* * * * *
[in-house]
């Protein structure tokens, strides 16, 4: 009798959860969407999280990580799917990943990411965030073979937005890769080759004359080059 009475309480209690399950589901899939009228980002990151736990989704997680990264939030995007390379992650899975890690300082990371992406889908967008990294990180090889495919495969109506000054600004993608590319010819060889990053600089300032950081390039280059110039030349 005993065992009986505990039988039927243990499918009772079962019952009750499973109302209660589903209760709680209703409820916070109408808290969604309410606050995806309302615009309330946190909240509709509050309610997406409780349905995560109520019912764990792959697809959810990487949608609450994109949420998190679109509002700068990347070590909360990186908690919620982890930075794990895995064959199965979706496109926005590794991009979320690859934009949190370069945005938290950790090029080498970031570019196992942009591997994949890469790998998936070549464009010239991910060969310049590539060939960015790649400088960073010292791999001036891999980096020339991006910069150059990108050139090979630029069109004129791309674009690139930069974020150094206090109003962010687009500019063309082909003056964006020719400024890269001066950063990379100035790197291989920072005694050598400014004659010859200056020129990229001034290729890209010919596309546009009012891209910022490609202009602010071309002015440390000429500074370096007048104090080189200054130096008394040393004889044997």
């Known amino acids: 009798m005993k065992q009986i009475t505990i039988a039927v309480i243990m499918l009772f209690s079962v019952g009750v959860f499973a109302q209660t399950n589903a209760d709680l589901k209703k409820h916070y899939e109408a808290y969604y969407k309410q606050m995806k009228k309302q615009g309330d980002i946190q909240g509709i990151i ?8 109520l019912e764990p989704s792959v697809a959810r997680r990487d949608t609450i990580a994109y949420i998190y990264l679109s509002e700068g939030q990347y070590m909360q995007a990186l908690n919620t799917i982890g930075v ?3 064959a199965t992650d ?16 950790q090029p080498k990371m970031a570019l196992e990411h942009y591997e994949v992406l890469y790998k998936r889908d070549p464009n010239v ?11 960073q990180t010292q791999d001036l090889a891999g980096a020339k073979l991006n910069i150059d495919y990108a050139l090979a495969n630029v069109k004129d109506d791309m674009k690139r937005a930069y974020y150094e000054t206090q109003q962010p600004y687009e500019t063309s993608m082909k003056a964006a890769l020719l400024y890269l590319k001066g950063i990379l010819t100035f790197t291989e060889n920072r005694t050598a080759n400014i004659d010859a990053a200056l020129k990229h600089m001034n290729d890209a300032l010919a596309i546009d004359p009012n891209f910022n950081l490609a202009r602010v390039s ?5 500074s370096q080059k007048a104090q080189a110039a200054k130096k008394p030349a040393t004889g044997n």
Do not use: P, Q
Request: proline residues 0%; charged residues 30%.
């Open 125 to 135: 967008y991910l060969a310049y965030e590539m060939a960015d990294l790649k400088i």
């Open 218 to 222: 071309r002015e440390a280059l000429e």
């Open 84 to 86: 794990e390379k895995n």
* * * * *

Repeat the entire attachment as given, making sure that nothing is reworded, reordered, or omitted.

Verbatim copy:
[in-house]
């Protein structure tokens, strides 16, 4: 009798959860969407999280990580799917990943990411965030073979937005890769080759004359080059 009475309480209690399950589901899939009228980002990151736990989704997680990264939030995007390379992650899975890690300082990371992406889908967008990294990180090889495919495969109506000054600004993608590319010819060889990053600089300032950081390039280059110039030349 005993065992009986505990039988039927243990499918009772079962019952009750499973109302209660589903209760709680209703409820916070109408808290969604309410606050995806309302615009309330946190909240509709509050309610997406409780349905995560109520019912764990792959697809959810990487949608609450994109949420998190679109509002700068990347070590909360990186908690919620982890930075794990895995064959199965979706496109926005590794991009979320690859934009949190370069945005938290950790090029080498970031570019196992942009591997994949890469790998998936070549464009010239991910060969310049590539060939960015790649400088960073010292791999001036891999980096020339991006910069150059990108050139090979630029069109004129791309674009690139930069974020150094206090109003962010687009500019063309082909003056964006020719400024890269001066950063990379100035790197291989920072005694050598400014004659010859200056020129990229001034290729890209010919596309546009009012891209910022490609202009602010071309002015440390000429500074370096007048104090080189200054130096008394040393004889044997």
């Known amino acids: 009798m005993k065992q009986i009475t505990i039988a039927v309480i243990m499918l009772f209690s079962v019952g009750v959860f499973a109302q209660t399950n589903a209760d709680l589901k209703k409820h916070y899939e109408a808290y969604y969407k309410q606050m995806k009228k309302q615009g309330d980002i946190q909240g509709i990151i ?8 109520l019912e764990p989704s792959v697809a959810r997680r990487d949608t609450i990580a994109y949420i998190y990264l679109s509002e700068g939030q990347y070590m909360q995007a990186l908690n919620t799917i982890g930075v ?3 064959a199965t992650d ?16 950790q090029p080498k990371m970031a570019l196992e990411h942009y591997e994949v992406l890469y790998k998936r889908d070549p464009n010239v ?11 960073q990180t010292q791999d001036l090889a891999g980096a020339k073979l991006n910069i150059d495919y990108a050139l090979a495969n630029v069109k004129d109506d791309m674009k690139r937005a930069y974020y150094e000054t206090q109003q962010p600004y687009e500019t063309s993608m082909k003056a964006a890769l020719l400024y890269l590319k001066g950063i990379l010819t100035f790197t291989e060889n920072r005694t050598a080759n400014i004659d010859a990053a200056l020129k990229h600089m001034n290729d890209a300032l010919a596309i546009d004359p009012n891209f910022n950081l490609a202009r602010v390039s ?5 500074s370096q080059k007048a104090q080189a110039a200054k130096k008394p030349a040393t004889g044997n």
Do not use: P, Q
Request: proline residues 0%; charged residues 30%.
């Open 125 to 135: 967008y991910l060969a310049y965030e590539m060939a960015d990294l790649k400088i």
């Open 218 to 222: 071309r002015e440390a280059l000429e």
């Open 84 to 86: 794990e390379k895995n």